The larger point is geopolitical realignment. For a while now, India had been sliding in the West’s camp, led by the United States. If there was a veil of diplomacy, it’s now gone to winds. India, Israel, US, West, Saudi Arabia, Japan etc now look firmly on one side. India is now open about its bad vibes against China. A large part of it is justified given how China rails against India in international forums, blocks its entry into Nuclear Suppliers Group (NSG), and sings Pakistan’s tune on Kashmir and terrorism. But the likes of BRICS, SCO etc gave it a semblance of balancing. Now that optics is gone. And what happens to our deep defence reliance on Russia which is firmly embedded into China’s camp? Does it mean we also have “lost” Iran for good?
First was India’s move to scrutinize FDIs (Foreign Direct Investment) which China is vehemently protesting against. Now is this “open” intent to woo world’s biggest manufacturers. There is nothing wrong in sensing an opportunity. But why say “at the expense of China”? Unless you want to signal the West and remove the ambiguity on your neutrality.
India has just done so. It comes with collateral damage though. China enjoys tens of billions of dollars trade advantage against India. They surely would now resort to arm-twisting India. It would be messy but one hopes India has taken into account the Dragon’s next moves. Events would now happen rapidly. Watch the space.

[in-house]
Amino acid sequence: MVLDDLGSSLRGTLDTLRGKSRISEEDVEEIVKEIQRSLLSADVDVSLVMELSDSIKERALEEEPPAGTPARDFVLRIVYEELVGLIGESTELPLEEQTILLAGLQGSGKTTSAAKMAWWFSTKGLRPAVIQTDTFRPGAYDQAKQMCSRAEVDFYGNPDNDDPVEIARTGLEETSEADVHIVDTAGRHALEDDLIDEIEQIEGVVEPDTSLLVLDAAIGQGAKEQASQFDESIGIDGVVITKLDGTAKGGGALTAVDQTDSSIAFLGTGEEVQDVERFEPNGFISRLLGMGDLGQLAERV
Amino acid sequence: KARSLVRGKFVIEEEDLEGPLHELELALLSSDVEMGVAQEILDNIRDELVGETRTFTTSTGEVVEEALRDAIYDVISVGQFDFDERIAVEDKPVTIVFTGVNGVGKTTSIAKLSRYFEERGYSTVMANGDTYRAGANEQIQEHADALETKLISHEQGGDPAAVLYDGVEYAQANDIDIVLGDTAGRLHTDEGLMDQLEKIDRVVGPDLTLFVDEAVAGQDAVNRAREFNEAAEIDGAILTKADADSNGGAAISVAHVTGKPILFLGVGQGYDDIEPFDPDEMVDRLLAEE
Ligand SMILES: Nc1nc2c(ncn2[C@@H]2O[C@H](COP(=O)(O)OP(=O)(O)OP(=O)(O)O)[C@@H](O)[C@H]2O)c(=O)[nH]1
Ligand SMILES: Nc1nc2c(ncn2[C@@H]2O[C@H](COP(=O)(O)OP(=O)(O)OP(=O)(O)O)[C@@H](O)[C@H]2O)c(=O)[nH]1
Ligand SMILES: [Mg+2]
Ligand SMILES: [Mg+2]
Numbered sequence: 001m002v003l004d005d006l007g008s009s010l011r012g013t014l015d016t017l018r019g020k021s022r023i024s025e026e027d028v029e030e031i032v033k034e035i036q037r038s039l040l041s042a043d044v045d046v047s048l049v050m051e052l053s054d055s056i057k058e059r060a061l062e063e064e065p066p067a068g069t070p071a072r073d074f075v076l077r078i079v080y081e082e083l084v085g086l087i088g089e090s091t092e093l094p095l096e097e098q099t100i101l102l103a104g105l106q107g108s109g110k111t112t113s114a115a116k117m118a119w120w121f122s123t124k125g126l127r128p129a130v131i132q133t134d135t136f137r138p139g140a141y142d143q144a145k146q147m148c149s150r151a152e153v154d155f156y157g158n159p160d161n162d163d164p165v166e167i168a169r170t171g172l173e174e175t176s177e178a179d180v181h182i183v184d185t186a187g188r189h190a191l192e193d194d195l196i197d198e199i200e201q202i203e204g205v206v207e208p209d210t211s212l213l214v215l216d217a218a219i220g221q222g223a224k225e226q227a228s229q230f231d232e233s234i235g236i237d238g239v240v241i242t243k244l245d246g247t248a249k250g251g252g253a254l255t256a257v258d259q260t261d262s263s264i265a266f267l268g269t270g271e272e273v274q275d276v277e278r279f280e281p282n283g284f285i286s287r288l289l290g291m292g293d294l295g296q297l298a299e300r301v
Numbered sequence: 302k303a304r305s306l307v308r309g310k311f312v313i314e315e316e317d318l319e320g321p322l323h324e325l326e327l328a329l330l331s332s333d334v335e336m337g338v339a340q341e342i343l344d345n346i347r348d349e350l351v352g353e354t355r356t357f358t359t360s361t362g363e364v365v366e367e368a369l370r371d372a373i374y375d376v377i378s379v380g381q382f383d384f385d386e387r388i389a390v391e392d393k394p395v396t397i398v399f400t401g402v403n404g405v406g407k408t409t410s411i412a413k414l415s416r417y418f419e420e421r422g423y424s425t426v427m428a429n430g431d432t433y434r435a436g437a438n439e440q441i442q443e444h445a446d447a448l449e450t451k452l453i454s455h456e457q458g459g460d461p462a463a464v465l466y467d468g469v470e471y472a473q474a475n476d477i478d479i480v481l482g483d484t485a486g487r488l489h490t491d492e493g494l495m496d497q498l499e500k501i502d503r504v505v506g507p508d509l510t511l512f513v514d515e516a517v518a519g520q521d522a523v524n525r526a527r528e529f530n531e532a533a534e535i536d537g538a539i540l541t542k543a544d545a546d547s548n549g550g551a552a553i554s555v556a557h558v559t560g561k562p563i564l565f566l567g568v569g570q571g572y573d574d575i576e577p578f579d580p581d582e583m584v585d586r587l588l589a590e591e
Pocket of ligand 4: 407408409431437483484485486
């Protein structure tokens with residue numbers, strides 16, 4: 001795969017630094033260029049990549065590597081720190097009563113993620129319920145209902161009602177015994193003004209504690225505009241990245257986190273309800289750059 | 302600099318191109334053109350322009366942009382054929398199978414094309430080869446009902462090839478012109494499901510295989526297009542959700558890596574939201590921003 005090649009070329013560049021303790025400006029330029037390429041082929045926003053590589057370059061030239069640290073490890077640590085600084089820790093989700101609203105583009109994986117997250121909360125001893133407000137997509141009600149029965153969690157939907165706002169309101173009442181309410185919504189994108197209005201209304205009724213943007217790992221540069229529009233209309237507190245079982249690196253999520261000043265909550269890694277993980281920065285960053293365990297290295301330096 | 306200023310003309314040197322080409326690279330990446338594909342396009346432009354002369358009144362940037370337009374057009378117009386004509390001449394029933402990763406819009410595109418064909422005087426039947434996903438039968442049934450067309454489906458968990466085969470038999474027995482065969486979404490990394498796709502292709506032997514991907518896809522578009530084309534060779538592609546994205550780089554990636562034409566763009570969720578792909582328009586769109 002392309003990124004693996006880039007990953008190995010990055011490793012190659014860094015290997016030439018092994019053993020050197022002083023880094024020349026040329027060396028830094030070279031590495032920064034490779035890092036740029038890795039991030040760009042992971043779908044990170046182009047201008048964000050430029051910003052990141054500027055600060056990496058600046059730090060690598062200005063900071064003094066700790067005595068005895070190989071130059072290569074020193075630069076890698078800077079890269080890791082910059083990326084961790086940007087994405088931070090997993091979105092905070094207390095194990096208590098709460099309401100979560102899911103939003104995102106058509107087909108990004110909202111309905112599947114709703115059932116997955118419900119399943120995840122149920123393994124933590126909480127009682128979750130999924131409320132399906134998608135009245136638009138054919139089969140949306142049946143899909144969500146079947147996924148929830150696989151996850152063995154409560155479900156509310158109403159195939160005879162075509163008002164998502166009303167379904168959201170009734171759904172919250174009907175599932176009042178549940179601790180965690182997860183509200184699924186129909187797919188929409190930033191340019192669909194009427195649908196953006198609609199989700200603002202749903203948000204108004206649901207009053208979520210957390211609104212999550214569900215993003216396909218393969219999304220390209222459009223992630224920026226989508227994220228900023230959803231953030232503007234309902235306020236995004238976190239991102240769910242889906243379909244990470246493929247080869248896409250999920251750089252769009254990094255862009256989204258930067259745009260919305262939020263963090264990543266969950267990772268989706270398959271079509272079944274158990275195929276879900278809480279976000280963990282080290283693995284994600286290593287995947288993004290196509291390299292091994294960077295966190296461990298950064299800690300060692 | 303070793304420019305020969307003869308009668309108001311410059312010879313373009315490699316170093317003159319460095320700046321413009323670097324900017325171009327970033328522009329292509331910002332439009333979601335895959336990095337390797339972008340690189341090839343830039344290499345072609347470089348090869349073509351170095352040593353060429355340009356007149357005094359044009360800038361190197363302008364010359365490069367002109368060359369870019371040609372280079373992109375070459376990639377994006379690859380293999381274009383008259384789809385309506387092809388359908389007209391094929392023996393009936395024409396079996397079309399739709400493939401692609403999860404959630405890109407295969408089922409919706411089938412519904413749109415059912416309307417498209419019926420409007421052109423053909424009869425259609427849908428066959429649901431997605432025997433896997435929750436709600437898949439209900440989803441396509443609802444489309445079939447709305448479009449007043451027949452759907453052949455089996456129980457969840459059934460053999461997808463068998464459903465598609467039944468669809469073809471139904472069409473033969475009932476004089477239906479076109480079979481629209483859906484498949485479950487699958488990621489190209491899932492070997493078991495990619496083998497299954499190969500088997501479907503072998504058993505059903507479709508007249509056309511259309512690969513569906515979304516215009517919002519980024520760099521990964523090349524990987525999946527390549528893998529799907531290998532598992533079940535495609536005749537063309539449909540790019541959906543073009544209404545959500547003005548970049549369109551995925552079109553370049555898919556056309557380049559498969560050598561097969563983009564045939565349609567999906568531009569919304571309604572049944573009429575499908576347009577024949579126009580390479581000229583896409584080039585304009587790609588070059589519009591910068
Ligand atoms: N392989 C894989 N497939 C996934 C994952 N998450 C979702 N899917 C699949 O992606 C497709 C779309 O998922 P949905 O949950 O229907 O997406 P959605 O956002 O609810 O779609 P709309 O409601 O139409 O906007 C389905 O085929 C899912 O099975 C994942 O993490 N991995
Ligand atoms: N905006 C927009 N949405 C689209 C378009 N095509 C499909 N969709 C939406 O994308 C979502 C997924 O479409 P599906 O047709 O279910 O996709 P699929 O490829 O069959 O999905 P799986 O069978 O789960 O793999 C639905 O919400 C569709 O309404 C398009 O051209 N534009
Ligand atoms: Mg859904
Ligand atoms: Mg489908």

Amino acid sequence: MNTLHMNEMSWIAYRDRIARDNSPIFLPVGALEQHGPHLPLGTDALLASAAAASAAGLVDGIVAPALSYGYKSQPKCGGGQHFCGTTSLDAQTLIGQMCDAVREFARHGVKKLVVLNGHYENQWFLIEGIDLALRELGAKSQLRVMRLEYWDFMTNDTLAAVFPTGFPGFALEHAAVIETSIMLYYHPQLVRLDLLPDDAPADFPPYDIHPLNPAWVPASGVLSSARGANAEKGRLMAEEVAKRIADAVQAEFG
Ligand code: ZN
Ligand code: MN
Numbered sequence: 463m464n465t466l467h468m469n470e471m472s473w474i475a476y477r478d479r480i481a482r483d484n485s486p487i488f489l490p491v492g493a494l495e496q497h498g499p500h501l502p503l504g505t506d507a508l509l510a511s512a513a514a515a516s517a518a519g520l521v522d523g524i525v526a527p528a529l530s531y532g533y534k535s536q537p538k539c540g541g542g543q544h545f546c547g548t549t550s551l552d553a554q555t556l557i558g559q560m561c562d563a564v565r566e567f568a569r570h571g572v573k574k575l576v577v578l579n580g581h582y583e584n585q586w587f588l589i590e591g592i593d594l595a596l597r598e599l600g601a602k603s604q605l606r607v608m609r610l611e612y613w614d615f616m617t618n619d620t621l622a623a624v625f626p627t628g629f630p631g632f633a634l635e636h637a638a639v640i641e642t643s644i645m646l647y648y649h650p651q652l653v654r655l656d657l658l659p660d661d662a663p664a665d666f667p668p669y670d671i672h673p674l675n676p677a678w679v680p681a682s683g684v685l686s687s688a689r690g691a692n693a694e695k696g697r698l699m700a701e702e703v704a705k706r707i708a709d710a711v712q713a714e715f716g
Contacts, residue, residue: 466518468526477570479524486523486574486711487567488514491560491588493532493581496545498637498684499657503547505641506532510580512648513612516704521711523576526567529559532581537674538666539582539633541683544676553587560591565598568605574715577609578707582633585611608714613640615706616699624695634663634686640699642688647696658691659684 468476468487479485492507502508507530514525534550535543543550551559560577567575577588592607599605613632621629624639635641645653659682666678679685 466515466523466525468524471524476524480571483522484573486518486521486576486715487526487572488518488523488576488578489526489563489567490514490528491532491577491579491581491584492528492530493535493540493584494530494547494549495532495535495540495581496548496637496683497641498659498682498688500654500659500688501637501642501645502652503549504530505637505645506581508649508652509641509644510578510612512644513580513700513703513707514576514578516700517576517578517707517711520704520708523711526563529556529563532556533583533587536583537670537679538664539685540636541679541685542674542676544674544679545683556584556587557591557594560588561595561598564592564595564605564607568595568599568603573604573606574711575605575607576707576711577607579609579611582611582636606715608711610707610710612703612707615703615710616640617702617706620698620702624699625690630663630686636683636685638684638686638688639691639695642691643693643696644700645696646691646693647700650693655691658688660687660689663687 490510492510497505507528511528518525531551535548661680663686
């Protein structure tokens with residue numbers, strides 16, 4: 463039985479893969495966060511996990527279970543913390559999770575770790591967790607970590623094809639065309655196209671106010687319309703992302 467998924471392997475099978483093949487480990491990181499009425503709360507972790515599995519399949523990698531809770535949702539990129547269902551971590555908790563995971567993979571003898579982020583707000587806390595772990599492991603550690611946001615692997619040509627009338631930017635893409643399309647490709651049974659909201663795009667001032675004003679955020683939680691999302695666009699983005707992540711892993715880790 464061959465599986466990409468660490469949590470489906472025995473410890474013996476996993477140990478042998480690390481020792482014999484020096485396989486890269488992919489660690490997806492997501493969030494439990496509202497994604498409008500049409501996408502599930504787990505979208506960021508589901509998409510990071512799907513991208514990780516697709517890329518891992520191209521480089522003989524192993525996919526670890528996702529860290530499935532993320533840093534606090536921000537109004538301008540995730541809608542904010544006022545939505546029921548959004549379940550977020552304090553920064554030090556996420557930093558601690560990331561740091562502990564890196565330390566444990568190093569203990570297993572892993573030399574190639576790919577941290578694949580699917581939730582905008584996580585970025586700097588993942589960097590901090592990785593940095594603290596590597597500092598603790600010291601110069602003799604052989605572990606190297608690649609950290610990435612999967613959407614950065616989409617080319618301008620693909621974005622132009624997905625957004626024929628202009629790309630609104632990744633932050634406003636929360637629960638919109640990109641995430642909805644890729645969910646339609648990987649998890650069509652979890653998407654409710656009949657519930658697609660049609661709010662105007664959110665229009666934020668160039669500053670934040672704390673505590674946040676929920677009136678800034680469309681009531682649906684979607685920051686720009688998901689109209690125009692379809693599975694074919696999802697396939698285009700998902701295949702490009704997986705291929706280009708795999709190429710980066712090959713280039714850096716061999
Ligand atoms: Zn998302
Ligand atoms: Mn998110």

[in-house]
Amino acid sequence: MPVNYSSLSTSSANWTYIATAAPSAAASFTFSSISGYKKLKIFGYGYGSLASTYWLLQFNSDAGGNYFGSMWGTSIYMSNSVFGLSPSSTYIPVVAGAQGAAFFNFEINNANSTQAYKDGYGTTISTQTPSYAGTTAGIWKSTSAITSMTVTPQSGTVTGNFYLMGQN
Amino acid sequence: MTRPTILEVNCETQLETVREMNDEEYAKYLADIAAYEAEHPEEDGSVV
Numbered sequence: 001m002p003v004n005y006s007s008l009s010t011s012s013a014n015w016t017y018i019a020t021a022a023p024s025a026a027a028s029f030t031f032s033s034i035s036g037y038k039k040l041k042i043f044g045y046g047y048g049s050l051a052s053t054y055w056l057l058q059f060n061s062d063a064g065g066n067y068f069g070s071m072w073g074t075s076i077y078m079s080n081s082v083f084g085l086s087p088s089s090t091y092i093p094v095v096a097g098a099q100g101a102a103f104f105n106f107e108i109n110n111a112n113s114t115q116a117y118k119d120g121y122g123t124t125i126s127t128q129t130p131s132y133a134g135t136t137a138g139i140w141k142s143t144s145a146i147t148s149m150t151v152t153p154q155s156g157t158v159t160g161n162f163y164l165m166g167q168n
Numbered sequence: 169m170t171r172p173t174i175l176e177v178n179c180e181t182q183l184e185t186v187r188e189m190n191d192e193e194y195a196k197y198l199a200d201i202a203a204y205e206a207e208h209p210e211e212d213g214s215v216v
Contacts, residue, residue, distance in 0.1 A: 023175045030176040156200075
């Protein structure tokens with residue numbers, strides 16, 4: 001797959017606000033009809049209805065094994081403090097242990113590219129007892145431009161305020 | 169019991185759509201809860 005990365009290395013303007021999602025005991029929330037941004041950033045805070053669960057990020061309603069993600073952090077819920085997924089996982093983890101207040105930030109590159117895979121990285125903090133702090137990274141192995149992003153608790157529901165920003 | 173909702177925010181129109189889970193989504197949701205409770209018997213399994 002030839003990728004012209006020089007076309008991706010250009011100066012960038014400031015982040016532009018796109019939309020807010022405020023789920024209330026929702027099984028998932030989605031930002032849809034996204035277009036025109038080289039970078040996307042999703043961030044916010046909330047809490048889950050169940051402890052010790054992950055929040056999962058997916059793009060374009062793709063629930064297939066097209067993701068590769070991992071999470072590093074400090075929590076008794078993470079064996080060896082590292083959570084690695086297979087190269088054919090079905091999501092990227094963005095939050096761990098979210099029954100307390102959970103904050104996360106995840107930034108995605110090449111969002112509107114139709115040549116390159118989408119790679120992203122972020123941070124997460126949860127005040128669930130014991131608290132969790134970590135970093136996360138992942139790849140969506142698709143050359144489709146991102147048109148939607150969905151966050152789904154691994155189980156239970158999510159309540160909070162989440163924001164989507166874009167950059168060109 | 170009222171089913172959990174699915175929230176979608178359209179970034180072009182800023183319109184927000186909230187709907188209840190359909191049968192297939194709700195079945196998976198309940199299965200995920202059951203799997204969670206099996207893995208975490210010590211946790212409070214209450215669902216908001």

Indian Express is preening that alongside International Consortium of Investigative Journalists (ICIJ) it poured over 11.5 million leaked documents of 214,000 shell companies and 14,000 Mossak Fonseca clients, between 1977 and 2015, and found over 500 Indian individuals using the tax haven.
The leak first appeared in NATO-friendly Suddeutsche Zeitung newspaper in Munich and then shared by the ICIJ with selected mainstream media partners, including Indian Express.
A few of the smeared names you already know: Amitabh Bachchan, Harish Salve, Aishwarya Rai, KP Singh and Vinod Adani, elder brother of industrialist Gautam Adani.
Now a few things which you don’t know and must be told about:
The ICIJ is funded by Washington-based Center for Public Integrity which in turn gets its source income from the Ford Foundation, the Carnegie Endowment, the Rockfeller Family Fund, the Kellogg Foundation and the George Soros-owned Open Society.
Another of ICIJ patron is Organized Crime and Corruption Reporting Project (OCCRP) which is financed by the US government through USAID.
And yes, about Panama: a well-known US vassal state. As famous analyst Pepe Escobar says: “Absolutely nothing in real substance happens in Panama without a green light by the United States government. Or as an international tax lawyer told me, “you have to be an idiot to stash money in Panama. You cannot flush a toilet there without the Americans knowing about it.”
So in this selective leak, there is no US senator, European Union politicians, no big Wall Street banks and hedge funds hiding in Panama. Apple, Google, Starbucks—a few of the biggest tax evaders using offshore schemes—have miraculously evaded the scrutiny.”